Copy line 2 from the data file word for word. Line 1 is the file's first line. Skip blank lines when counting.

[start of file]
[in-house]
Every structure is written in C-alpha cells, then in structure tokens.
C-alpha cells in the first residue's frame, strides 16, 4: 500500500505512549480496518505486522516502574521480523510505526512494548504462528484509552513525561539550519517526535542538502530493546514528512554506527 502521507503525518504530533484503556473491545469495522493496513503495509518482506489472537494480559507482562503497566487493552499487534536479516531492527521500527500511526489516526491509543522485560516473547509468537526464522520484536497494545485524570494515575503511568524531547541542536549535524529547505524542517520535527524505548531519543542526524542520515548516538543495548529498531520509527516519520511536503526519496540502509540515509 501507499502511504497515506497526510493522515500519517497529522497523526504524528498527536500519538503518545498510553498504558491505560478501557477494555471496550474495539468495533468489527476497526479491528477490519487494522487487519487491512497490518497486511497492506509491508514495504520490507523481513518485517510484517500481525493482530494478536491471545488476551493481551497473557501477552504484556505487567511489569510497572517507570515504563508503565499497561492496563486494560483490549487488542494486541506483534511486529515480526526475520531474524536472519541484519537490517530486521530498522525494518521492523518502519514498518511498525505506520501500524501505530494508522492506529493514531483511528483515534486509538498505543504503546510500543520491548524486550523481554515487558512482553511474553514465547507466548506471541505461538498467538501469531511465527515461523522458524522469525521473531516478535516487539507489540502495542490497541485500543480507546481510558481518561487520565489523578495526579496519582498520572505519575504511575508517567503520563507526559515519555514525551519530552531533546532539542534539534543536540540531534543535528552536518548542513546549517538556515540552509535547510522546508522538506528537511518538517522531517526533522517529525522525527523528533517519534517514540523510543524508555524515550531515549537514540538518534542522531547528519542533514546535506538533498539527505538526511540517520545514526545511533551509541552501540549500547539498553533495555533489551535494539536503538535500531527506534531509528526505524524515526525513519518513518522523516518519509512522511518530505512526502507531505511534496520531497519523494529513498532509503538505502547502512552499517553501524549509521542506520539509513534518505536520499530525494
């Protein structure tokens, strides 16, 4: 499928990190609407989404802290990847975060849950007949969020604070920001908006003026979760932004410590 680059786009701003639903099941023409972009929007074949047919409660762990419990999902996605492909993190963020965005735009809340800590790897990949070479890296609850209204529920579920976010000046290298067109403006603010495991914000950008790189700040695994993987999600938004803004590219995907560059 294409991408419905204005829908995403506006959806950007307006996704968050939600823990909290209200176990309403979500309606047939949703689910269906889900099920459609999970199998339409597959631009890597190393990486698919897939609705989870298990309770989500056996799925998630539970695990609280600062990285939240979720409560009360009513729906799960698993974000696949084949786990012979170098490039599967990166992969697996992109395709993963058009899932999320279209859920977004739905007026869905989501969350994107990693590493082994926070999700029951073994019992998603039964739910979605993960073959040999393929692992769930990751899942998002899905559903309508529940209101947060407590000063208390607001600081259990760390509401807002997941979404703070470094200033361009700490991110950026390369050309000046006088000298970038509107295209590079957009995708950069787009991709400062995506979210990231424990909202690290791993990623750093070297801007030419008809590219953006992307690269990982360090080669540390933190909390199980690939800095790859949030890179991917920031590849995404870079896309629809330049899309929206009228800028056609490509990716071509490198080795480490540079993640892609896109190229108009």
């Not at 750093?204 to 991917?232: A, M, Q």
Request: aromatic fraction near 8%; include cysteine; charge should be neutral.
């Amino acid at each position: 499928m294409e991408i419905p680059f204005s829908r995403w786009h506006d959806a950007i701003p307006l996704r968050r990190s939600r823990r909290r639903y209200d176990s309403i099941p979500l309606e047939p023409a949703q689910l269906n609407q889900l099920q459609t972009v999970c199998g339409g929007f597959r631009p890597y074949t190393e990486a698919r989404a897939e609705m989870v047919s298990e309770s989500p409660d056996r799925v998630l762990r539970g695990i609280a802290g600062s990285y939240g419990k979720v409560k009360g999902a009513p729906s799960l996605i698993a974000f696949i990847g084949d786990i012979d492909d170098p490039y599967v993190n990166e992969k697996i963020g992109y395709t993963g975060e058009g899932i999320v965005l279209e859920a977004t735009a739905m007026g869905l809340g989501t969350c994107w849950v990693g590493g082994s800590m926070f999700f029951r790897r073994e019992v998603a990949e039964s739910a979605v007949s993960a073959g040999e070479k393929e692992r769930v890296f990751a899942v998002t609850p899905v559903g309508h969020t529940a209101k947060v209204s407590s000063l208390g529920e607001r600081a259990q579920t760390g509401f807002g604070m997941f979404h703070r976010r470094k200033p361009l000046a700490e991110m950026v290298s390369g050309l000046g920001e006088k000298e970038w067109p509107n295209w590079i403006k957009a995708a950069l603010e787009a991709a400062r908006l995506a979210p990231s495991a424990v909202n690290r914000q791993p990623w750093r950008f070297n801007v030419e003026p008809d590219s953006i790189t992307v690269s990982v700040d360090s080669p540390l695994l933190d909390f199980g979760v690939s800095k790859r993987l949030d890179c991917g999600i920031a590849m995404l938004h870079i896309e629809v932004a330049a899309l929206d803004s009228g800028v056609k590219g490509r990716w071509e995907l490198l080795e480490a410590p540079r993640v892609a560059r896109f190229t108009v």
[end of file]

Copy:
Every structure is written in C-alpha cells, then in structure tokens.